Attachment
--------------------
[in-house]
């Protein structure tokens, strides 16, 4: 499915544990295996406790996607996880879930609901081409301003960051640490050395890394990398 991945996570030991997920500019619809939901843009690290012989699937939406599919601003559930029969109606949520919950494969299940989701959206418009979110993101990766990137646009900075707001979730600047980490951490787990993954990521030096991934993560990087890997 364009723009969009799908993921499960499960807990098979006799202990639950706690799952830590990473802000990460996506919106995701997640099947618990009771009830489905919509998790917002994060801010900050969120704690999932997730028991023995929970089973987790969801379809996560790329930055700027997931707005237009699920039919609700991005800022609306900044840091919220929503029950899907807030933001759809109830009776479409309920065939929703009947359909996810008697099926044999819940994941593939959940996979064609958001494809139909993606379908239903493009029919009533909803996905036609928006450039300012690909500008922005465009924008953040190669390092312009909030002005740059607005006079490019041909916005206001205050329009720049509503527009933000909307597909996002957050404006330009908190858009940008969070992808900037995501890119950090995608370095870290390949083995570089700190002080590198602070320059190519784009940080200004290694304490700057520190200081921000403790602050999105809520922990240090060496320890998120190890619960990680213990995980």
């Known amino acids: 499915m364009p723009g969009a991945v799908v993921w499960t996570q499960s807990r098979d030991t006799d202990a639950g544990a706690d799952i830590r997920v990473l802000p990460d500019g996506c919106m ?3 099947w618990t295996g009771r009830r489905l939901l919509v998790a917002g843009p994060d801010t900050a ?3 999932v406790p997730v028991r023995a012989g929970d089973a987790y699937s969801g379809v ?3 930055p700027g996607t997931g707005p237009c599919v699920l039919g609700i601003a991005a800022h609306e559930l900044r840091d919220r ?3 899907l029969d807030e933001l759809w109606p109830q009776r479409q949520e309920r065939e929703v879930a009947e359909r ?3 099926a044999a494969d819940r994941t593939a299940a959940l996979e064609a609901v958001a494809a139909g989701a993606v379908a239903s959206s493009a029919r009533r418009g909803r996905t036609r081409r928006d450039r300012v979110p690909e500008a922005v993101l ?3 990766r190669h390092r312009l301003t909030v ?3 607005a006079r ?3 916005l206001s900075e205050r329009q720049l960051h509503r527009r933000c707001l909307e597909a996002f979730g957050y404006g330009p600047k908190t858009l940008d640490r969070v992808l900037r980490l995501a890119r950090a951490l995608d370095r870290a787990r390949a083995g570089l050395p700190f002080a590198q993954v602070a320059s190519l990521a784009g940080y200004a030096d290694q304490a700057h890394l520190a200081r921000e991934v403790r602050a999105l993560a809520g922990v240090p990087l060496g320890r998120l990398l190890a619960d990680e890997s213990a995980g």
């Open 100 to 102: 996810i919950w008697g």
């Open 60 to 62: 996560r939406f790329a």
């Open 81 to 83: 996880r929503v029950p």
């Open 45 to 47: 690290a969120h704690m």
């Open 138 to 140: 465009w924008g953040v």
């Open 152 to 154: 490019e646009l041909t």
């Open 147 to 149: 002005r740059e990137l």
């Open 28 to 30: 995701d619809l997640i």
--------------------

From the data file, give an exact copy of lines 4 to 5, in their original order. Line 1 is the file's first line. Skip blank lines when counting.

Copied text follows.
């Open 100 to 102: 996810i919950w008697g």
């Open 60 to 62: 996560r939406f790329a």